The following interview was published on MINUS SPACE in October 2004 in conjunction with Kevin Finklea’s spotlight exhibition.
Matthew Deleget: Let’s begin by talking about color, the central concern of your paintings over the past decade. You’ve worked in a pharmacy for over 20 years now, which you acknowledge has greatly affected your color sensibility. In fact, every time I see a television commercial for the acid reflux medicine, Prevacid, I think of your work. The pill design and resulting commercial are focused around two high-key colors, an intense aqua blue and a brilliant hot pink. Tell me about pharmaceuticals and color, and their influence on your work.
Kevin Finklea: The colors of drugs crept into my work so very long ago, that I scarcely remember the first piece I made involving those colors. I once felt the need to completely separate my studio activity from my pharmacy practice. I honestly wasn’t comfortable admitting my identity as an artist in either a corporate or professional setting. I came to realize that being an artist explained my almost total lack of what was considered normal. I take off time to work in my studio or install shows. This is not exactly the same old road being traveled by most.
Once that closet was opened I was off and running I do remember thinking that the capsules and pills I saw constituted a new source for my color. I had for many years depended upon what I will term vernacular color. Here, any colors I found in my sub-ghetto neighborhood provided me with a color source for my painted sculpture. The most common example I can give is painted out graffiti. In this circumstance any available color of paint is used to obliterate the graffiti mark. Horrid color choices often result from this activity. As every square centimeter of the neighborhood became gentrified; there was scarcely enough to work from necessitating a new color reference anyway.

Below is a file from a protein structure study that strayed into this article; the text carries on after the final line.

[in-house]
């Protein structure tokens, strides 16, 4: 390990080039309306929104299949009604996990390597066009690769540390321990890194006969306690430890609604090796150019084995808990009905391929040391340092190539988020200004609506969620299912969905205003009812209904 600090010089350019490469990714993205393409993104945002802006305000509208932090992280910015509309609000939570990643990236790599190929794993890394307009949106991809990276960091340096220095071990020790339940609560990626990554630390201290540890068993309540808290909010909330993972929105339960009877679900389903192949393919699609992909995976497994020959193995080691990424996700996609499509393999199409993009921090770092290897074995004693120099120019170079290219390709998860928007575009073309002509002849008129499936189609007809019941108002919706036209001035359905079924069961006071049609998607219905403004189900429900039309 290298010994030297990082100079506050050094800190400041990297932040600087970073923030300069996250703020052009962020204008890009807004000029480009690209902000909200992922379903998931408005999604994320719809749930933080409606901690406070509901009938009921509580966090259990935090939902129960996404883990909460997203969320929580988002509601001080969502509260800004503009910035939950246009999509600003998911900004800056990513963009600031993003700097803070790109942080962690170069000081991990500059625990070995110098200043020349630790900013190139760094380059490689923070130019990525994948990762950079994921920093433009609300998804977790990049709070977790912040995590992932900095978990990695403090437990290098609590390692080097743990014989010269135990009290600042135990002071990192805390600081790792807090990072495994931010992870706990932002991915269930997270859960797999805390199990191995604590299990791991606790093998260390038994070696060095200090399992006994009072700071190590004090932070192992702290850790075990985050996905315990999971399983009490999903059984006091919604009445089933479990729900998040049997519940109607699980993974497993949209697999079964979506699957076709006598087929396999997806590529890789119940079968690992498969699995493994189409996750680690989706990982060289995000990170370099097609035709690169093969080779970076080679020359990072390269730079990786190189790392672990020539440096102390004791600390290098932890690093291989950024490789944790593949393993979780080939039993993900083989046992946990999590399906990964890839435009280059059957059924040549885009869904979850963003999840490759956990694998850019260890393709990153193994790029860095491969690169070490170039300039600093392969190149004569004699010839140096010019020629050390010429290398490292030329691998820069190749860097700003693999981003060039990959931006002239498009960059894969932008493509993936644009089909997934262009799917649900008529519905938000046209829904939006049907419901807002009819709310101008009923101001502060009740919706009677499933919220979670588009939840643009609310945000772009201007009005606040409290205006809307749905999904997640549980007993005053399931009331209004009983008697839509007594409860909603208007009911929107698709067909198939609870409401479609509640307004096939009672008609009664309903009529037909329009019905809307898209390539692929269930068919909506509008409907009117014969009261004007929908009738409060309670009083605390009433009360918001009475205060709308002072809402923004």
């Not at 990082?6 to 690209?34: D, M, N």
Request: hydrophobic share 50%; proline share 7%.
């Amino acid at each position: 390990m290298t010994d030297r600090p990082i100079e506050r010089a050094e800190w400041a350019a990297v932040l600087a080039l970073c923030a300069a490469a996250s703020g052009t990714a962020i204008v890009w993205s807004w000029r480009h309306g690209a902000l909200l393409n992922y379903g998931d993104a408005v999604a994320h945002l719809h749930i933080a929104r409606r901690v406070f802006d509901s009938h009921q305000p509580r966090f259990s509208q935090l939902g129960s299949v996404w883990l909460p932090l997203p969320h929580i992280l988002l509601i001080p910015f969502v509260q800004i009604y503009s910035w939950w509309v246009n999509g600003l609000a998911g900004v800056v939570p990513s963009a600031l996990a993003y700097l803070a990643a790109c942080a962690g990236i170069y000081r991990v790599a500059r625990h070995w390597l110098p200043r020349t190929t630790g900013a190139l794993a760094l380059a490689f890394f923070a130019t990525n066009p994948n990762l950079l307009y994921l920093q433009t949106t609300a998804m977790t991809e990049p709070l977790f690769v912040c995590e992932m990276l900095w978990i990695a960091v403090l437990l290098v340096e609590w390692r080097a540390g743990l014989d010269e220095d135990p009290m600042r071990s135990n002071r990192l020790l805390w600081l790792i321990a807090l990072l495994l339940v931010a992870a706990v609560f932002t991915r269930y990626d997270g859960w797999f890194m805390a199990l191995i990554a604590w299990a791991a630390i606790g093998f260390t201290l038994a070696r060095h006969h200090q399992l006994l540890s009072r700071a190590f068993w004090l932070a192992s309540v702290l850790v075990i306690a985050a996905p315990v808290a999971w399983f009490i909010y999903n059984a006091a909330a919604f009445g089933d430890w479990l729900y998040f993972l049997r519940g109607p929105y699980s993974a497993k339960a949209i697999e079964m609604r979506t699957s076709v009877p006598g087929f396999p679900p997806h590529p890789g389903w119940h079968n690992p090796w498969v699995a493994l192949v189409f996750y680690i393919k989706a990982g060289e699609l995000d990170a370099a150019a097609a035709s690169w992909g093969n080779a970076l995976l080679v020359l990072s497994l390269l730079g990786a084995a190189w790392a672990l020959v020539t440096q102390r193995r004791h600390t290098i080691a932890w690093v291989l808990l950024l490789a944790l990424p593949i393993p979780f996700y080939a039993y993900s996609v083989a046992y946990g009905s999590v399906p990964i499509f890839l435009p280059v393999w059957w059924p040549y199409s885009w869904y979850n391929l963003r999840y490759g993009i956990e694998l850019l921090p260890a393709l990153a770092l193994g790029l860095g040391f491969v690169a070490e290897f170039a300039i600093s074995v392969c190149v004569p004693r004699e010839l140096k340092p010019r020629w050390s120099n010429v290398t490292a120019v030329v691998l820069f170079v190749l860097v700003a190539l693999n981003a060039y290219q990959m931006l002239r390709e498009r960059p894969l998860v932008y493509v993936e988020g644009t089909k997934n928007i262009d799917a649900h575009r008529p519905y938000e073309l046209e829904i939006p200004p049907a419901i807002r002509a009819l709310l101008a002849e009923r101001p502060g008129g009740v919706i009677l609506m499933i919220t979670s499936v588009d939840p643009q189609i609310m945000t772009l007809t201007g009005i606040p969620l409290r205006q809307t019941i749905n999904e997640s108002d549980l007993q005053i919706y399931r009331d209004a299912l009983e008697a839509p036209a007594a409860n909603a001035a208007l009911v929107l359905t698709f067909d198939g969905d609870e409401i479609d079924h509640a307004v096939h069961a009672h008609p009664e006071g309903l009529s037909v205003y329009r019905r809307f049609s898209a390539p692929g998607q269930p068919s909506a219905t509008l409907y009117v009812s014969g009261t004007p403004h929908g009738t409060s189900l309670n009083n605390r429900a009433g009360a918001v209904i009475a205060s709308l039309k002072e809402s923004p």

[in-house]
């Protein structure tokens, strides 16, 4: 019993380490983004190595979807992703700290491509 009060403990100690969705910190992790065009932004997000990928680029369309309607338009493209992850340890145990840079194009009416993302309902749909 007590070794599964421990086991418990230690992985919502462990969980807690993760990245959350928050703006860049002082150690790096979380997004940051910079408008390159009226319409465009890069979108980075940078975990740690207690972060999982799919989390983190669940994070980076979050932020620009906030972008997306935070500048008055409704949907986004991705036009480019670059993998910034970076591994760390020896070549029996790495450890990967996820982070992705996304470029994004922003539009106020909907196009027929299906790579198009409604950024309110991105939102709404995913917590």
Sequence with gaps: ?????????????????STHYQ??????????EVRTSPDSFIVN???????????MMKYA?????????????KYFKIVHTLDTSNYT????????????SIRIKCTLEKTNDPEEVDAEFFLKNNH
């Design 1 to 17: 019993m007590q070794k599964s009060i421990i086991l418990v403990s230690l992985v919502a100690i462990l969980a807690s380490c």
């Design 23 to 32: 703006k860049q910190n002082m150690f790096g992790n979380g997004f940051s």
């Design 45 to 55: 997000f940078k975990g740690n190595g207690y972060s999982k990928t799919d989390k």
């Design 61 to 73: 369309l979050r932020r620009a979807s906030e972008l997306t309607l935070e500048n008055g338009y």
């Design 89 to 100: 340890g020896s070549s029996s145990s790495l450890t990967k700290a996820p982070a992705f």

Early on, in my training, it occurred to me that the colors chosen by the drug companies were pretty damned powerful. I generally count tablets and capsules on a deep cobalt turquoise counting tray (PB36 comes close to it). I have used this type of tray for over 20 years. Just about anything you pour onto such a surface is interesting. I surmise that it was specially designed by Abbott Laboratories to have just such an effect. Everything in drug world is researched and designed for your viewing pleasure. And also designed to optimize your memory of the product; thereby increasing your desire for the product in turn. You wouldn’t want to forget the name of the product at the doctor’s office when you ask for it would you? Who in this country doesn’t currently know about the little purple pill (Prilosec) or the color of Viagra?
The color of a medication is often marketed as a substance in and of itself. I don’t get to see those drug world ads that I hear about from patients as I have no television. I assure you I have more than my share of getting to see today’s hot new advertised meds. In fact, I get PR long before the drugs enter the market. Additionally, Philadelphia has a significant clinical trial setting for pharmaceuticals. Drugs are actually being used here before they are finally approved. Patients often start asking for drugs before they actually become available. It becomes a challenge to keep up on the latest releases.
MD: Your paintings function similar to the drugs themselves. Through their sheer intensity, they create shifts in perception, shifts in reality. They possess an almost hypnotic, or as you’ve termed it “psychotropic”, effect. Please discuss their intended impact on the viewer.
KF: My, I never thought I could effect such a thing. How lovely to be drug-like. It feels rather sexy and dangerous to be a drug. If only more people would want to stick me in their mouths.
This does rather point to the obvious desire loop created by drugs both legal and illegal. I don’t see the need to get into an analysis of that in this discussion. There has been more than enough literature and texts created around this observation. I would offer David Healy’s The Anti-Depressant Era as a salient example of such writing. I think the key thought here is that both pharmaceuticals and street drugs are leveled onto the same plane of desire.